Wilma Martinellie, director of the centre for career and skills development at City University, is quick to point out that a number of sectors and employers still have a long way to go. "That's why a lot of universities like us are building links with employers, constantly trying to educate them and promoting mentoring schemes," she says. "In fact, our mentoring scheme, which links junior or senior managers in industry with second year students, has been very successful."

In addition, ethnic minorities can help themselves by approaching their university careers service and contacting organisations such as the National Mentoring Consortium and The Windsor Fellowship. These link ethnic minority graduates to a range of employers in a number of ways including mentoring, work experience and sponsorship.

Careers fairs specifically aimed at ethnic minorities can also be invaluable. Denise Blake, who organises The University of Manchester's Ethnic Diversity Fair, says: "This is our fourth year of the fair, which is focused on opportunities all over the UK and internationally. It's an important event because it enables organisations to address the issue of diversity at graduate employment level as so much more than a tick box exercise. It also allows them to be seen as an employer of choice to ethnic minority graduates. For graduates, there is the opportunity to really quiz organisations about their diversity policies."

'I came away feeling valued'

This March, 90 ethnic minority university students descended on London for a day-long event designed to open their eyes to careers in professional services. "BIG 4 Chances - ethnic minorities into professional services" was hosted by the Big Four firms: Deloitte, Ernst & Young, KPMG and Pricewaterhouse- Coopers.

An industry first, BIG 4 Chances was part of a drive to promote diversity within professional services. Case study-based activities, a discussion panel and networking session allowed students to learn more about job opportunities in the sector from senior figures and recent graduates. The event was a great success, with students and firms feeling that they benefited from the direct contact the day allowed.

"The quality and diversity of the students who attended exceeded both our own and the sponsors' expectations," says Mark Blythe, joint managing director of graduate careers publishers GTI, which organises a range of Capital Chances events aimed exclusively at ethnic minorities, women or people with disabilities.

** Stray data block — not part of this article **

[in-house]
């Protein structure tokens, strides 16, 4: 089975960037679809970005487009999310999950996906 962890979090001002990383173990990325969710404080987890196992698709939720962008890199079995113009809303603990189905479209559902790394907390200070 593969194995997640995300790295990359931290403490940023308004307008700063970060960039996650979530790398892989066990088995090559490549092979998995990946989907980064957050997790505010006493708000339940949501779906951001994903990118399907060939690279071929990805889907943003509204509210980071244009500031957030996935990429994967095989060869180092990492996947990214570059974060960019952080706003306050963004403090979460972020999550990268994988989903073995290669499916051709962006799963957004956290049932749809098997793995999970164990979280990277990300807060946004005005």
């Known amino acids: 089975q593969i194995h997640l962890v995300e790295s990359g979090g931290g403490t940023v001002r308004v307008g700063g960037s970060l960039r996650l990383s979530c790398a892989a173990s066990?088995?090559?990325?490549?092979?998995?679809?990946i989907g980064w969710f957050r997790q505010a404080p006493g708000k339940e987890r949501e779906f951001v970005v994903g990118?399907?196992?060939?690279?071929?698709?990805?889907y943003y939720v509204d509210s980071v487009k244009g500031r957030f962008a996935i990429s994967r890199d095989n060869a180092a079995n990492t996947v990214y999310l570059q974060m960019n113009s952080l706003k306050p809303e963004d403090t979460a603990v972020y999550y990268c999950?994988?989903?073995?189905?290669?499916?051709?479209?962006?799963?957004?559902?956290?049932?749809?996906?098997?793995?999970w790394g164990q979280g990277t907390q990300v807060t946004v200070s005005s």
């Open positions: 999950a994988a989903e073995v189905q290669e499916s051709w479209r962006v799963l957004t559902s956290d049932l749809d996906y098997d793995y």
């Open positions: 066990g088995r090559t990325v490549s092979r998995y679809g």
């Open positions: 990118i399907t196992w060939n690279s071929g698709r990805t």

The other two sectors which offer events aimed at ethnic minorities are city law firms and investment banking. "Unlike the professional services event, these have been going for many years and we now have a massive alumni of past students," he says.

Students tend to be at various stages of their degree, and while 50 or 60 per cent say they are considering entering the particular sector in question before the event, that number reaches 90 to 95 per cent afterwards. Most keep in touch with the sponsoring companies.

Deborah Dalgleish of Freshfields Bruckhaus Deringer, one of the sponsors of the Legal Chances event, says: "We find ethnic minority graduates often don't apply to us because they are put off by what they perceive to be a male, public school, Oxbridge organisation. This event is therefore helpful in allowing us to show that we are a diverse establishment and if someone can do the job, we want to recruit them. The event is also useful because we are sensitive to the fact that in some sections of society access to education and opportunities are limited."

Kunal Mehta, a student at Loughborough University, attended the investment banking Capital Chances event last year. He says: "Capital Chances came at precisely the right time - my first year of university. It was a two-day event and I learnt a huge amount from it - not just on the sector itself, but also about employers' attitudes to diversity. What I particularly liked was the fact that the existence of prejudice wasn't denied. Rather, we learnt what employers are doing to overcome it and how we could help ourselves. I came away feeling valued and even more keen to work in the City when I graduate."